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Compare and Contrast Instructions The table below provides an extensive list of topic options from which you must select, and we recommend that you choose one that you are interested in beyond this course.

Published on February 2018 | Categories: Book Excerpts | Downloads: 25 | Comments: 0
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Compare and Contrast Instructions The table below provides an extensive list of topic options from which you must select, and we recommend that you choose one that you are interested in beyond this course. For instance, if you are a Finance or Business major, you might be interested in the Stocks v. Bonds topic. If you are a Political Science major, you might choose Monarchy v. Presidency. Or perhaps you’re taking StraighterLine’s Intro to Philosophy course, in which case you might opt for the Hobbes v. Locke topic. Note that you must use at least one credible source to support your ideas. Additional helpful resources: Compare/Contrast Rubric | Compare and Contrast Sample You may choose any of these topics: Topic Options •Stocks v. Bonds •Socialism v. Capitalism •Hitler v. Napoleon •Apple v. Microsoft •Renaissance Art v. Baroque Art (or any two artistic periods) •Biology v. Chemistry •America in the 1950s v. the 1970s •Women in 1914 v. today •Pop Culture in the 1980s v. Pop Culture today •Abraham Lincoln v. Thomas Jefferson (or any two presidencies) •British English v. American English •Writing for print v. Writing for the Web•American Government v. Canadian Government (or any world government) •US Constitution v. Articles of Confederation •Star Wars v. Star Trek •Monarchy v. Presidency •Thomas Hobbes v. John Locke (or any two philosophers) •The former USSR v. Russia today •(World War) Allies v. Axis •Maya Angelou v. Adrienne Rich (or any two poets) •Nazism v. Fascism Choose one of the options above and write an essay comparing or contrasting the two topics in your selection using EITHER the point-by-point OR the subject-by-subject method to organize the details and specific examples. Consider focusing on three to five subtopics and generate ideas through prewriting. Develop a strong thesis statement for your essay that includes your two topics from the list above; your three to five subtopics; and a claim about how they are similar, different, or both. Sample Thesis Statements: If you will argue that your two topics are mostly similar: Topic A and Topic B share many similar characteristics, including (Supporting point 1), (Supporting point 2), and (Supporting point 3); while they differ in (Additional supporting point), the similarities greatly outweigh the differences. OR If you will argue that your two topics are mostly different: While Topic A and Topic B have (Additional supporting point) in common, they are mostly quite different; in fact, they differ in characteristics such as (Supporting point 1), (Supporting point 2), and (Supporting point 3). OR If you will argue that your two topics have many important/interesting similarities and differences: Analyzing Topic A and Topic B reveals many fascinating similarities as well as differences; for instance, they share (Supporting point 1) and (Supporting point 1), but are vastly different when it comes to (Supporting point 3) and (Supporting point 4). Tips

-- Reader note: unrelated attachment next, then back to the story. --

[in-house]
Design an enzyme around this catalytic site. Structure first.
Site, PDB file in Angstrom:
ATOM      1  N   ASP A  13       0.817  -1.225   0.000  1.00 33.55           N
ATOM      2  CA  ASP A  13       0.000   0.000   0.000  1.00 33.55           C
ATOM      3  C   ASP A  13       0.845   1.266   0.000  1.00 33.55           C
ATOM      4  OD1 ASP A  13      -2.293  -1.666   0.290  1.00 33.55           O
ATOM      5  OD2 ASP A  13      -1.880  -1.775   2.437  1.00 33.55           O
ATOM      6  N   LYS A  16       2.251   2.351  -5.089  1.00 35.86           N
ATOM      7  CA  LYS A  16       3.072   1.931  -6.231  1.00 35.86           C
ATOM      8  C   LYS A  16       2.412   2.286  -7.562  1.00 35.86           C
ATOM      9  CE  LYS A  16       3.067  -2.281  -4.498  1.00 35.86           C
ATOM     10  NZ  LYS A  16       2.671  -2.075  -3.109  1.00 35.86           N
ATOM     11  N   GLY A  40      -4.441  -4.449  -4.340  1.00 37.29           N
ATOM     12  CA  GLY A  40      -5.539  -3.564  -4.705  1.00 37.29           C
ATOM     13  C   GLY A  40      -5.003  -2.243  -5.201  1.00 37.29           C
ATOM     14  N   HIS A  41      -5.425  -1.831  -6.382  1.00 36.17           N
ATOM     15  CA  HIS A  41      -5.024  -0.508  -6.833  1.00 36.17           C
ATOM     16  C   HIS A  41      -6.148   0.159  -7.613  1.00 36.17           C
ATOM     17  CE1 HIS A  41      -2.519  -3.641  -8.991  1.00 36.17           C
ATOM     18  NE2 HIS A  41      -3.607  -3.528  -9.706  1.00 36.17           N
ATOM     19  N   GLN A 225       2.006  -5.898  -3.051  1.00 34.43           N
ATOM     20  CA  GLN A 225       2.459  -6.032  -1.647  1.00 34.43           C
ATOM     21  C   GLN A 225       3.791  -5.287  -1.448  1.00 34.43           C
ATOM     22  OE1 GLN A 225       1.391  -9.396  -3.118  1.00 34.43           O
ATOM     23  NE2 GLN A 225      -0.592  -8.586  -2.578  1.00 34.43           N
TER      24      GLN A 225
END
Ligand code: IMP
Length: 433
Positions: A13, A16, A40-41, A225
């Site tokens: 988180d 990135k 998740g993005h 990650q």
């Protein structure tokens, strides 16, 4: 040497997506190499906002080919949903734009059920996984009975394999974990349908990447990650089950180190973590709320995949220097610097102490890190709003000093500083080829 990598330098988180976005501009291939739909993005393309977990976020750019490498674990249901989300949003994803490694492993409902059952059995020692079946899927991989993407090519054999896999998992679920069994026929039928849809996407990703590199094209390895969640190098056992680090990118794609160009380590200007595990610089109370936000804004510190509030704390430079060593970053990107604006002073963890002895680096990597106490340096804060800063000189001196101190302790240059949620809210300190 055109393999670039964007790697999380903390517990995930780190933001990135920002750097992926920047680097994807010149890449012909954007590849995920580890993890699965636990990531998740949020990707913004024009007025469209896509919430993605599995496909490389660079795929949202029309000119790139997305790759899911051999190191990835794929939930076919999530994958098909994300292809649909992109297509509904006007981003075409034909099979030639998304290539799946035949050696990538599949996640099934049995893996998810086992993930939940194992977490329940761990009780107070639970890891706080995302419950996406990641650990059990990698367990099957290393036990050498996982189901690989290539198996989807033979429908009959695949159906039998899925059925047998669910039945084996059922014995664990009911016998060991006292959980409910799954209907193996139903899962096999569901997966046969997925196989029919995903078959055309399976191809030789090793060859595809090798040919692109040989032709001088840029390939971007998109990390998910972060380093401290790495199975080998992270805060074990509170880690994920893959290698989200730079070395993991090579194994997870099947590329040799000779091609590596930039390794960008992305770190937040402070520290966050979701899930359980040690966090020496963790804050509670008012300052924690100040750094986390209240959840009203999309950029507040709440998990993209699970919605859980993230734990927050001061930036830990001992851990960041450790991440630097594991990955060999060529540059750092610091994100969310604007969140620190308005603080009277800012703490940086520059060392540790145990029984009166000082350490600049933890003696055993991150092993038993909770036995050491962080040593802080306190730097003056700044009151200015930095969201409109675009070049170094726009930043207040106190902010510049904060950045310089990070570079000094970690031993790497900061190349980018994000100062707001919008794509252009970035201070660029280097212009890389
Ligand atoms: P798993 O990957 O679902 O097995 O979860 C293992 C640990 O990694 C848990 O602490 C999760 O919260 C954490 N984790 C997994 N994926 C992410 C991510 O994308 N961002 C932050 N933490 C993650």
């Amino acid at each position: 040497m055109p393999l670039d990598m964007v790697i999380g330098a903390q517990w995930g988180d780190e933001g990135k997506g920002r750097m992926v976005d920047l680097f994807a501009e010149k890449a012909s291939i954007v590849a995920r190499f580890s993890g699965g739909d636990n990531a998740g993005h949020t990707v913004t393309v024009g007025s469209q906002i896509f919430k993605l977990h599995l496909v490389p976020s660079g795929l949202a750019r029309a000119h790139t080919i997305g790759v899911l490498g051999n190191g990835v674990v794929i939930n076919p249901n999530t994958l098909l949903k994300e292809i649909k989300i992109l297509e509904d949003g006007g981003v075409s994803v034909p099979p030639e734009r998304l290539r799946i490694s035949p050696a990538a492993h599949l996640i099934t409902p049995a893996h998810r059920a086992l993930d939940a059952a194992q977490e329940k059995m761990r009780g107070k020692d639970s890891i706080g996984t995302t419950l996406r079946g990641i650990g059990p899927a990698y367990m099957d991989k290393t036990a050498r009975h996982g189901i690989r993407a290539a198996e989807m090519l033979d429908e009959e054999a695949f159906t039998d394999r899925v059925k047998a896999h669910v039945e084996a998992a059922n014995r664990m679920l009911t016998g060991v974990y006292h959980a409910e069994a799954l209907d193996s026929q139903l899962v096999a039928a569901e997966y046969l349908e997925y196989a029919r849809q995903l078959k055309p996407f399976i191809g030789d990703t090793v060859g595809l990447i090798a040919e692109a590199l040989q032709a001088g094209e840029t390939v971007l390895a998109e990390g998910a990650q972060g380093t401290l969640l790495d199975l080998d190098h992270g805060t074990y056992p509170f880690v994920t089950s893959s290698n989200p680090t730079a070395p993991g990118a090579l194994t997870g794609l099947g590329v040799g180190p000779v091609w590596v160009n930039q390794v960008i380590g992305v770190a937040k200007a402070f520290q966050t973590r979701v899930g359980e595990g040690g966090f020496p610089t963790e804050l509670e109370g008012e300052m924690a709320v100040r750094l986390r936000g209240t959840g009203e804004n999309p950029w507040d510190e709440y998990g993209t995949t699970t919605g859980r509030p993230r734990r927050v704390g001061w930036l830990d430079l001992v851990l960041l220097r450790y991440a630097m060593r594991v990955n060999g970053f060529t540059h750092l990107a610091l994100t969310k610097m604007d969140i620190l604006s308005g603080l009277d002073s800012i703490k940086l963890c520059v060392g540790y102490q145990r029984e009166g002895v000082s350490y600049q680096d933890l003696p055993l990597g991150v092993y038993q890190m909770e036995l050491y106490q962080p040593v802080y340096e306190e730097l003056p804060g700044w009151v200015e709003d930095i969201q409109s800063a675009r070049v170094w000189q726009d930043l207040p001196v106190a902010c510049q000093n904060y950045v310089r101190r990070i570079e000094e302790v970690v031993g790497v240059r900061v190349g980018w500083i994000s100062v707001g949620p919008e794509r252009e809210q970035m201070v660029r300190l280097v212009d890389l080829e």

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Compare and Contrast Instructions The table below provides an extensive list of topic options from which you must select, and we recommend that you choose one that you are interested in beyond this course. For instance, if you are a Finance or Business major, you might be interested in the Stocks v. Bonds topic. If you are a Political Science major, you might choose Monarchy v. Presidency. Or perhaps you’re taking StraighterLine’s Intro to Philosophy course, in which case you might opt for the Hobbes v. Locke topic. Note that you must use at least one credible source to support your ideas. Additional helpful resources: Compare/Contrast Rubric | Compare and Contrast Sample You may choose any of these topics: Topic Options •Stocks v. Bonds •Socialism v. Capitalism •Hitler v. Napoleon •Apple v. Microsoft •Renaissance Art v. Baroque Art (or any two artistic periods) •Biology v. Chemistry •America in the 1950s v. the 1970s •Women in 1914 v. today •Pop Culture in the 1980s v. Pop Culture today •Abraham Lincoln v. Thomas Jefferson (or any two presidencies) •British English v. American English •Writing for print v. Writing for the Web•American Government v. Canadian Government (or any world government) •US Constitution v. Articles of Confederation •Star Wars v. Star Trek •Monarchy v. Presidency •Thomas Hobbes v. John Locke (or any two philosophers) •The former USSR v. Russia today •(World War) Allies v. Axis •Maya Angelou v. Adrienne Rich (or any two poets) •Nazism v. Fascism Choose one of the options above and write an essay comparing or contrasting the two topics in your selection using EITHER the point-by-point OR the subject-by-subject method to organize the details and specific examples. Consider focusing on three to five subtopics and generate ideas through prewriting. Develop a strong thesis statement for your essay that includes your two topics from the list above; your three to five subtopics; and a claim about how they are similar, different, or both. Sample Thesis Statements: If you will argue that your two topics are mostly similar: Topic A and Topic B share many similar characteristics, including (Supporting point 1), (Supporting point 2), and (Supporting point 3); while they differ in (Additional supporting point), the similarities greatly outweigh the differences. OR If you will argue that your two topics are mostly different: While Topic A and Topic B have (Additional supporting point) in common, they are mostly quite different; in fact, they differ in characteristics such as (Supporting point 1), (Supporting point 2), and (Supporting point 3). OR If you will argue that your two topics have many important/interesting similarities and differences: Analyzing Topic A and Topic B reveals many fascinating similarities as well as differences; for instance, they share (Supporting point 1) and (Supporting point 1), but are vastly different when it comes to (Supporting point 3) and (Supporting point 4). Tips